Lee and a Big Apple site supervisor, Dai Ki Kim, were also charged with making false statements to the U.S. Postal Service in connection with certifying the amounts that Lee's employees were paid for work performed at a federally funded Postal construction project at John F. Kennedy Airport. Finally, Lee was charged with making false statements and concealing information required to be disclosed in connection with an employee benefit plan governed by Title I of the Employee Retirement Income Security Act of 1974 (ERISA).
The defendants appeared before U.S. Magistrate Judge Cheryl L. Pollak at the U. S. Courthouse in Brooklyn, New York on Dec. 14 to hear the charges against them.
"This prosecution demonstrates our commitment to holding criminally responsible to the maximum extent allowed by law those who willfully violate OSHA safety regulations and make false statements to evade paying laborers wages and benefits to which they are entitled," stated Roslynn R. Mauskopf, the United States attorney for the Eastern District of New York. "I am hopeful that these charges will deter future violations of this sort, as well as provide some measure of justice to the family of Angel Segovia, the victim of the tragic Fort Hamilton Parkway building collapse."
According to the complaint, the government's investigation began on May 20 following the collapse of a balcony that was part of a multi-unit residential building under construction in Brooklyn. Big Apple was the general contractor for the project. Four Big Apple workers were pouring a 5-foot by 16-foot concrete balcony on the third floor of the structure when the balcony collapsed. Three of the workers fell approximately 35 feet to the courtyard below, while the fourth worker leapt to safety inside the building. One of the workers, Angel Segovia, died from injuries sustained in the fall.
Big Apple had not provided any of the four workers with fall prevention equipment. As stated in the complaint, Lee and Big Apple had received prior OSHA citations in 2001 for failing to provide fall protection equipment for Big Apple's workers. The government's investigation also revealed that in August 2000, Big Apple, then operating as Big Apple Construction and Restoration, was hired by the general contractor at a Postal Service-financed construction project at John F. Kennedy Airport to do demolition and foundation work. As a contractor on a federally funded construction project, Big Apple was required to pay its workers the locally-prevailing wage rate determined by the Davis Bacon Act and to submit certified payroll records showing that the workers had been paid in accordance with the law.
The complaint charges that Lee and his site supervisor, Kim, falsely certified on payroll records that Big Apple's workers were paid at the required wage rate, when, in fact, the workers were paid significantly less.
Finally, the government's investigation disclosed that from July 1, 1999, through July 31, 2003, Big Apple, then operating as Big Apple Construction Management, was a party to a collective bargaining agreement with the Mason Tenders District Council of Greater New York and Long Island (MTDC), a labor organization whose membership includes mason tenders, concrete workers and laborers. The MTDC Trust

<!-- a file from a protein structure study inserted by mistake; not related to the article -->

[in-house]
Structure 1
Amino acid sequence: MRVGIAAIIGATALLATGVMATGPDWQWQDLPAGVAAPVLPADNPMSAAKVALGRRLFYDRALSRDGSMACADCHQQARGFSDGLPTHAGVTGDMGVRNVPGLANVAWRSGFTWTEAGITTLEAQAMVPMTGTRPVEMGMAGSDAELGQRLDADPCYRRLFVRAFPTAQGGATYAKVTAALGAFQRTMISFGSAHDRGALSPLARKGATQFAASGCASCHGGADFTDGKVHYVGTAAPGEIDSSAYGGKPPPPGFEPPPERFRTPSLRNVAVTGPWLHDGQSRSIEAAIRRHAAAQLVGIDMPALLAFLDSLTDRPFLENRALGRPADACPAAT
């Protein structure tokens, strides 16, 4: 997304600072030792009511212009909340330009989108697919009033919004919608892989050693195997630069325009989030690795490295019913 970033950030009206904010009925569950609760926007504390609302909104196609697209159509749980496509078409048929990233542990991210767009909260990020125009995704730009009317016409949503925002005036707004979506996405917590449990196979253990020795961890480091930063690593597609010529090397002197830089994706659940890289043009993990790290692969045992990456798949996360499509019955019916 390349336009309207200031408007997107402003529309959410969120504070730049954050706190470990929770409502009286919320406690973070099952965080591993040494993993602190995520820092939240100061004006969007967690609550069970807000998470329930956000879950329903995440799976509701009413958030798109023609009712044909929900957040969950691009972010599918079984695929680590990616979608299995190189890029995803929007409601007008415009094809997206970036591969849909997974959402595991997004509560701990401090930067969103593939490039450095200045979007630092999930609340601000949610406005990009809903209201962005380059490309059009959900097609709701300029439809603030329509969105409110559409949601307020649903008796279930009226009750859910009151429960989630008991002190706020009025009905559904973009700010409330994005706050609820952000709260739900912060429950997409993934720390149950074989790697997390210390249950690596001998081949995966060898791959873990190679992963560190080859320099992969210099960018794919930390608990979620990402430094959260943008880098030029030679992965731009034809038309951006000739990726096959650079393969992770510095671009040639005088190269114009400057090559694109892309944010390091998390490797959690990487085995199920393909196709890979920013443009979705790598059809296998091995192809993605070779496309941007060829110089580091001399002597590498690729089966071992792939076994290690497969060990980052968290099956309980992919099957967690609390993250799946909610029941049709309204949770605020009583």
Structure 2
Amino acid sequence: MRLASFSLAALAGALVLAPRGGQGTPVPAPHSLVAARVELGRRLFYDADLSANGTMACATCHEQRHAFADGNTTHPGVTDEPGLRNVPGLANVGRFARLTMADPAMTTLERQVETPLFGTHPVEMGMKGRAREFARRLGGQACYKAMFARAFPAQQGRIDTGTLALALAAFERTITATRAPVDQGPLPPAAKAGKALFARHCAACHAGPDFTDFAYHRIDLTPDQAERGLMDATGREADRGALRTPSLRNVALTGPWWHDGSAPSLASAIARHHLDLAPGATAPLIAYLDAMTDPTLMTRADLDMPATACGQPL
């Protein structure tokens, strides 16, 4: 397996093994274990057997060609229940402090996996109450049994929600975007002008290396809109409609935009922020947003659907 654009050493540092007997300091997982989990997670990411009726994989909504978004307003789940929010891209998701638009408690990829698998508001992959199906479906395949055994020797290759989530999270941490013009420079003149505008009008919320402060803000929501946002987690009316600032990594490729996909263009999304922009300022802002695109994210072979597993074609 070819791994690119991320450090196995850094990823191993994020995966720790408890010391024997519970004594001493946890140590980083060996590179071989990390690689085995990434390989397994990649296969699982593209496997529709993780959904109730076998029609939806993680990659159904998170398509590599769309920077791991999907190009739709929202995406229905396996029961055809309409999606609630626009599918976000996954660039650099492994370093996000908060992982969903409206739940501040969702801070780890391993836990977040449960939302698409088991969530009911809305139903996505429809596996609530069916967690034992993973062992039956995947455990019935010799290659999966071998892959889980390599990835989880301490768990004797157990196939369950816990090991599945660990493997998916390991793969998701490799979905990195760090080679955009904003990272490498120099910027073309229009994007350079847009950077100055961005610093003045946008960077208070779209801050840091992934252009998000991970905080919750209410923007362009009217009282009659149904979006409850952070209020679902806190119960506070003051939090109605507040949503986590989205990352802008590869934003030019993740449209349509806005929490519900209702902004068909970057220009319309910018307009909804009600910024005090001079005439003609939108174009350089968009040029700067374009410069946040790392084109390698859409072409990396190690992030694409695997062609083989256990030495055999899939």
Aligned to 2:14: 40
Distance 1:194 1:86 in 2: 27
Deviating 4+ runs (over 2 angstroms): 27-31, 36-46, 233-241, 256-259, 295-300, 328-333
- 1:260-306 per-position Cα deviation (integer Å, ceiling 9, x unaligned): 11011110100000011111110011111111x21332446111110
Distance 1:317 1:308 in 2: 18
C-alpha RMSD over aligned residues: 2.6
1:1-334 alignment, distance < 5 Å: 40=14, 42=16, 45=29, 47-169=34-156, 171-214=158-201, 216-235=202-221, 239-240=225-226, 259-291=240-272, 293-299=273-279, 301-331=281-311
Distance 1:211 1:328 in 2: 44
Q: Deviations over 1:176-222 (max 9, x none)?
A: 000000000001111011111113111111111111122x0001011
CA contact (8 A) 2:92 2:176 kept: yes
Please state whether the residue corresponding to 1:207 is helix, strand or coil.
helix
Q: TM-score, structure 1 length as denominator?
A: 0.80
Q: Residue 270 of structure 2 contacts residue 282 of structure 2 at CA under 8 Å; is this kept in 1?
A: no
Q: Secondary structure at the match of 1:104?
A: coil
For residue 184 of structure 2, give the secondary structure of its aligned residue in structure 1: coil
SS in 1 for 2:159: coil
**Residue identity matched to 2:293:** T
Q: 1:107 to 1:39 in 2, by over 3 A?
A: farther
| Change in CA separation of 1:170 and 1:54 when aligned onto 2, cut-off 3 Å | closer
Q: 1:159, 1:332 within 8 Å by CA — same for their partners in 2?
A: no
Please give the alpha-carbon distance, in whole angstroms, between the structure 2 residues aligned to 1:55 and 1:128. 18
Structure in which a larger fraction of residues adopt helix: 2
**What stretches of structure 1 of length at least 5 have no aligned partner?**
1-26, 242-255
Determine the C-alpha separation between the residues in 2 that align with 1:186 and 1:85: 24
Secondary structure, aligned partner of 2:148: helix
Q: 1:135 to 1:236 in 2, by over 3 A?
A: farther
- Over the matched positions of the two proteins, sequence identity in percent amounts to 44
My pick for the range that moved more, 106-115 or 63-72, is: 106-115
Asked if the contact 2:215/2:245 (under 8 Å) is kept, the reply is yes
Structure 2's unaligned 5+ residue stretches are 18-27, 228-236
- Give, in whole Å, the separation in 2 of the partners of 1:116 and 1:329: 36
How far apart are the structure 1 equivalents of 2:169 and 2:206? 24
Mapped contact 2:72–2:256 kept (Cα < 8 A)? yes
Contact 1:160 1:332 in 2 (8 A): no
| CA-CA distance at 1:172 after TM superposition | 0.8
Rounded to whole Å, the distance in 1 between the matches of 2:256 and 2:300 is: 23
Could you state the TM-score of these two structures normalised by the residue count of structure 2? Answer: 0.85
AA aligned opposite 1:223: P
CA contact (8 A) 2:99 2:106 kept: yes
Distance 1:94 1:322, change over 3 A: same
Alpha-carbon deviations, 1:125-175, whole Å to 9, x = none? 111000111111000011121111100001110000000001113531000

Funds provide pension, welfare, annuity and training benefits to employees and their beneficiaries pursuant to its pension plan. The plan, which is governed by ERISA, is funded by monthly contributions from employers who are signatories to collective bargaining agreements with the MTDC.
The complaint charges that Lee failed to make required contributions of at least $1.1 million to the plan and thereby caused the Annual Report of Employee Benefit Plan that the Trust Funds are required to file with the Departments of Labor and Treasury to inaccurately state the total receivables to the Trust Funds.
"This company showed a pattern of blatant disregard for the rights and safety of workers for fair pay and benefits and most importantly for safety," stated Gordon S. Heddell, inspector general, United States Department of Labor.
"Let these charges warn other potentially unscrupulous contractors and builders that worker safety and compliance with safety regulations is of paramount importance," added Rose Gill Hearn, commissioner, New York City Department of Investigation. "It is my hope that families of other construction workers will not face the same loss that the family of Angel Segovia experiences."
If convicted, Lee faces a maximum sentence of 6 months' imprisonment for the death of Angel Segovia, and 5 years' imprisonment under 18 U.S.C. Section 1027 for the violation of ERISA. Lee and Kim each face a maximum sentence of 5 years' imprisonment under section 1001(a)(3) for false statements to the Postal Service concerning the wages paid to Lee's employees. Lee and Kim also face a maximum fine of $250,000 on each count of conviction. In addition, in a related proceeding, LEE has been issued 12 OSHA citations carrying penalties of up to $157,940 in connection with the Fort Hamilton Parkway building collapse.